Slow Movements That Help Calm the Mind From Within

All you need is five minutes to feel more ease in your body.

Let’s face it, life can be pretty hectic and overwhelming. Whether it’s being faced with work nonstop or feeling like you can never get through your daily tasks, it always seems like there aren’t enough hours in the day to do it all while also making sure to get a proper night’s sleep. As much as this is a common reality, we will all be better if we practice taking a daily pause to center ourselves and calm our racing thoughts.

This doesn’t mean giving up hours of our day to meditation. In fact, even five minutes can help refocus our energy and mind to make us even more productive.

“As a meditation practitioner and teacher, I love to incorporate movement within my meditations because it creates a deeper connection between our minds and our bodies in a gentle and rhythmic way,” explains Julie Skon, a multi-modality healing practitioner, life coach and global meditation teacher. “And it also gives results.” From hand placement to posture and breathing, the MY RITUELLE founder, whose new book RISE: Mini Morning Meditations will be out on June 20, shares a few very simple ways to put the mind at ease while also working on the core.


“One practice that is beneficial for the core and also has a relaxing effect is to sit straight up, place your hands on your abdomen and with your inhales feel yourself filling your belly with air. As you exhale, tighten your core abdominal muscles as you slowly release your breath. For added benefit and stress reduction, pause and hold your breath for a few seconds at the top and bottom of your breath. This stimulates your parasympathetic nervous system and has a calming effect on your mind and body.”


“One of my favorite calming techniques that can be done anytime and anywhere is vagal breathing. This type of breathwork stimulates the vagus nerve which communicates with our body to stabilize and release stress, creating an almost immediate calming.

“For vagal breathing, slowly inhale through your nose to the count of four while you fill your abdomen with air and then slowly exhale through your mouth releasing all of the air for at least six seconds. Experiment with counts that work for you. Some people love an inhale for two, exhale for four. For added benefit include a pause (holding your breath) between your inhales and exhales for a couple of seconds.

“A breath cycle could look like: inhale as you count in your mind to four, hold for the count of two, slowly exhale for six, hold for two (and repeat). I love to incorporate this breath with movement making it cyclical on a walk or with relaxing stretching at home at the end of the day.”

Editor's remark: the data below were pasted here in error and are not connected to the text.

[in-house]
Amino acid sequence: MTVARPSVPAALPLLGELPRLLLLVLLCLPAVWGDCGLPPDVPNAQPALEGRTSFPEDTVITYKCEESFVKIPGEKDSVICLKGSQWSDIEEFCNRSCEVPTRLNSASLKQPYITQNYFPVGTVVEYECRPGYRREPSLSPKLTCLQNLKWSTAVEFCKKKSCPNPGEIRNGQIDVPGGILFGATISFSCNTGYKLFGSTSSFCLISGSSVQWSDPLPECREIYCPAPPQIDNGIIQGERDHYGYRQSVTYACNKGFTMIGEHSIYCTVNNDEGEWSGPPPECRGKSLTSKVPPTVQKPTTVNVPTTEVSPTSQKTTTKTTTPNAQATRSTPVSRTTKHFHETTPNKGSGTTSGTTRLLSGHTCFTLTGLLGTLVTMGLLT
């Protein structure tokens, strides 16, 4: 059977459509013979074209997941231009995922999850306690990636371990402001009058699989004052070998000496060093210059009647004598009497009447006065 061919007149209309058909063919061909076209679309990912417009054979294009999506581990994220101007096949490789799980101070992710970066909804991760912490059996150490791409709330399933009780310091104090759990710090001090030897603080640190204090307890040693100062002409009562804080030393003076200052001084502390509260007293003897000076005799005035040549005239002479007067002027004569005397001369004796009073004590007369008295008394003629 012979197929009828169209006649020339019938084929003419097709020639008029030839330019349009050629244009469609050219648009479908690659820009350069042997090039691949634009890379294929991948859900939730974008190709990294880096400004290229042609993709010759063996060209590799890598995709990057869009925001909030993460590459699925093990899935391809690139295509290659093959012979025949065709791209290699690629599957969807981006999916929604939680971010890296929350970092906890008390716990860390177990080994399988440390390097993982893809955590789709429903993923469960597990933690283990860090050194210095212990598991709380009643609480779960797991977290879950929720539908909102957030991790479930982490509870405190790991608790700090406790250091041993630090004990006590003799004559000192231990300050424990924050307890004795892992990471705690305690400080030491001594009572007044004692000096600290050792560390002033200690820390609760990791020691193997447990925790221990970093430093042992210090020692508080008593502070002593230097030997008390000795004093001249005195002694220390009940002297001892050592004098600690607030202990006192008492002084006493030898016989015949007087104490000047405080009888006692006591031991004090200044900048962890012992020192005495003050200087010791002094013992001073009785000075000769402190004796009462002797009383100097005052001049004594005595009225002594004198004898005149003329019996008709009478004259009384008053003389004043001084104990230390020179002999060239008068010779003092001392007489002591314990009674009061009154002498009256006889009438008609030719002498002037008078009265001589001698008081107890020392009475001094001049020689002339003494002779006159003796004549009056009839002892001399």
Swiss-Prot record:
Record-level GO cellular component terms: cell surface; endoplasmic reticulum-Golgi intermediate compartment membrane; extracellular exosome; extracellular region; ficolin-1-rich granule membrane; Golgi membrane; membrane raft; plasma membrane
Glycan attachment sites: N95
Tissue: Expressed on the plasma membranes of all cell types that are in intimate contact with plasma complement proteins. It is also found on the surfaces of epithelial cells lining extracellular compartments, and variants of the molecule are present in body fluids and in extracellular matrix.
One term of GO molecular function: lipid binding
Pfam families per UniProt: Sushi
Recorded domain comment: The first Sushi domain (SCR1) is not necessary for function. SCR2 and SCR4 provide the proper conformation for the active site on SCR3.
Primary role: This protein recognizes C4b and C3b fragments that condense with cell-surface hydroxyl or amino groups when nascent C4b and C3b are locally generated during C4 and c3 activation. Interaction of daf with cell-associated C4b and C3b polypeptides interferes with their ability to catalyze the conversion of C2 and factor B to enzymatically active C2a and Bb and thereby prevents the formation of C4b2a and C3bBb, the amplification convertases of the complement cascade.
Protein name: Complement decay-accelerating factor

Hand Placement

“When I feel that my mind is racing, I slow it down by placing my hands together at the center of my chest. It looks like your hands are in prayer position and what is occurring is that you are balancing the right and left hemispheres of your brain, bringing your focus within and calming your mind and body.

“For this practice, set an intention for the moment (to relax, to be present, to connect, etc). Place your hands together at the center of your chest, close your eyes and you slowly inhale and raise your hands up above your head, separate your palms and slowly exhale as you allow your arms to widen and draw a circle on each side of you. Bring your palms back together at the center of your chest and repeat until you feel a more calming shift within.”

These practices can be done at any point during the day, but Skon recommends “starting the morning out calm and slow to help ensure that the day will follow in a more stress-free way.” Maybe that means not reaching for your phone first thing or turning on the television. She also suggests reading The 5AM Club by Robin Sharma, which taught her the importance of creating a conscious morning routine. Says Skon, “For me, that looks like waking up at least 30 minutes before my daughters, having time for a ‘beditation’ where I meditate in bed in the quiet and then have time to get creative and write.”

If it seems impossible to wake up earlier, try slowing down the rush of the morning. Enjoy your shower, pour coffee mindfully, take some deep breaths and be in the moment. It is amazing how a few mindful moments set the tone for the day.

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Alisandra Puliti


Alisandra Puliti is a NYC-based entertainment journalist with over 15 years of experience. Before joining the SI Swimsuit team as a contributing editor, the Penn State alum held several positions at HELLO! and HOLA! Media, Us Weekly and OK! Magazine. Throughout her tenure, she has been a fixture at events such as the Golden Globes to the Cannes Film Festival and has interviewed the likes of Jennifer Lopez, Taylor Swift, Eva Longoria, Jay-Z and more of Hollywood’s elite. A self-professed ‘social homebody,’ when she isn’t home binge-watching the newest streaming series or perfecting pasta dishes, her constant wanderlust has her packing her bags and heading out for a new adventure –most likely back to Italy!